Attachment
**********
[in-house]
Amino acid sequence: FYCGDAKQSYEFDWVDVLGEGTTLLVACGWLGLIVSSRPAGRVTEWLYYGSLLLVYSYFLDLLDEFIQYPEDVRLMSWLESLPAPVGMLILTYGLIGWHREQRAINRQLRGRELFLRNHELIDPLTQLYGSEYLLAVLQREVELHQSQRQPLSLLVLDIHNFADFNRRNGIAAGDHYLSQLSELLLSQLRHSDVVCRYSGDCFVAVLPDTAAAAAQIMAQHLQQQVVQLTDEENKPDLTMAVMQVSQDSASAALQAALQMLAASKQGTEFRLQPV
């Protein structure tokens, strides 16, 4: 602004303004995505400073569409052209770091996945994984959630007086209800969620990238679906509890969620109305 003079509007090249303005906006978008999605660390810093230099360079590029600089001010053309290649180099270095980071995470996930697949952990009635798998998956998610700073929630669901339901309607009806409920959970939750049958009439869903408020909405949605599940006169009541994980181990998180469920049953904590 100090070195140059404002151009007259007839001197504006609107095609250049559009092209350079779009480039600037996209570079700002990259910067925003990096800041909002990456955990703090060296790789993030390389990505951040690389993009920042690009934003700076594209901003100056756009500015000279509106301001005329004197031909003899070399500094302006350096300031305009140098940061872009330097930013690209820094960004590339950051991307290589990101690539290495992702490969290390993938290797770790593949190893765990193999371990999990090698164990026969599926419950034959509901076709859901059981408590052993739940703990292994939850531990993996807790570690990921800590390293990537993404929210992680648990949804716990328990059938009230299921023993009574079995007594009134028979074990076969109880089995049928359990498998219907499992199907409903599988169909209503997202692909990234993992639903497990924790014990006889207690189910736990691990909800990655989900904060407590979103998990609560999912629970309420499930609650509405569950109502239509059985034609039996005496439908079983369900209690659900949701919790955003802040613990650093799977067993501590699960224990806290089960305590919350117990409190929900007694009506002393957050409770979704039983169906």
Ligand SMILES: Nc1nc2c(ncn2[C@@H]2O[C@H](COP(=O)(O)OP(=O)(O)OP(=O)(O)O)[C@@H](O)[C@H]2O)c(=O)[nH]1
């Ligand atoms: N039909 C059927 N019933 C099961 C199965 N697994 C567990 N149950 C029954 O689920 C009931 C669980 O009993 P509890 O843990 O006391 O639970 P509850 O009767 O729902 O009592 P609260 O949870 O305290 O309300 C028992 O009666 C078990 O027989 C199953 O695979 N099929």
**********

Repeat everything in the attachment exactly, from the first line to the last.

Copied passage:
[in-house]
Amino acid sequence: FYCGDAKQSYEFDWVDVLGEGTTLLVACGWLGLIVSSRPAGRVTEWLYYGSLLLVYSYFLDLLDEFIQYPEDVRLMSWLESLPAPVGMLILTYGLIGWHREQRAINRQLRGRELFLRNHELIDPLTQLYGSEYLLAVLQREVELHQSQRQPLSLLVLDIHNFADFNRRNGIAAGDHYLSQLSELLLSQLRHSDVVCRYSGDCFVAVLPDTAAAAAQIMAQHLQQQVVQLTDEENKPDLTMAVMQVSQDSASAALQAALQMLAASKQGTEFRLQPV
């Protein structure tokens, strides 16, 4: 602004303004995505400073569409052209770091996945994984959630007086209800969620990238679906509890969620109305 003079509007090249303005906006978008999605660390810093230099360079590029600089001010053309290649180099270095980071995470996930697949952990009635798998998956998610700073929630669901339901309607009806409920959970939750049958009439869903408020909405949605599940006169009541994980181990998180469920049953904590 100090070195140059404002151009007259007839001197504006609107095609250049559009092209350079779009480039600037996209570079700002990259910067925003990096800041909002990456955990703090060296790789993030390389990505951040690389993009920042690009934003700076594209901003100056756009500015000279509106301001005329004197031909003899070399500094302006350096300031305009140098940061872009330097930013690209820094960004590339950051991307290589990101690539290495992702490969290390993938290797770790593949190893765990193999371990999990090698164990026969599926419950034959509901076709859901059981408590052993739940703990292994939850531990993996807790570690990921800590390293990537993404929210992680648990949804716990328990059938009230299921023993009574079995007594009134028979074990076969109880089995049928359990498998219907499992199907409903599988169909209503997202692909990234993992639903497990924790014990006889207690189910736990691990909800990655989900904060407590979103998990609560999912629970309420499930609650509405569950109502239509059985034609039996005496439908079983369900209690659900949701919790955003802040613990650093799977067993501590699960224990806290089960305590919350117990409190929900007694009506002393957050409770979704039983169906």
Ligand SMILES: Nc1nc2c(ncn2[C@@H]2O[C@H](COP(=O)(O)OP(=O)(O)OP(=O)(O)O)[C@@H](O)[C@H]2O)c(=O)[nH]1
């Ligand atoms: N039909 C059927 N019933 C099961 C199965 N697994 C567990 N149950 C029954 O689920 C009931 C669980 O009993 P509890 O843990 O006391 O639970 P509850 O009767 O729902 O009592 P609260 O949870 O305290 O309300 C028992 O009666 C078990 O027989 C199953 O695979 N099929």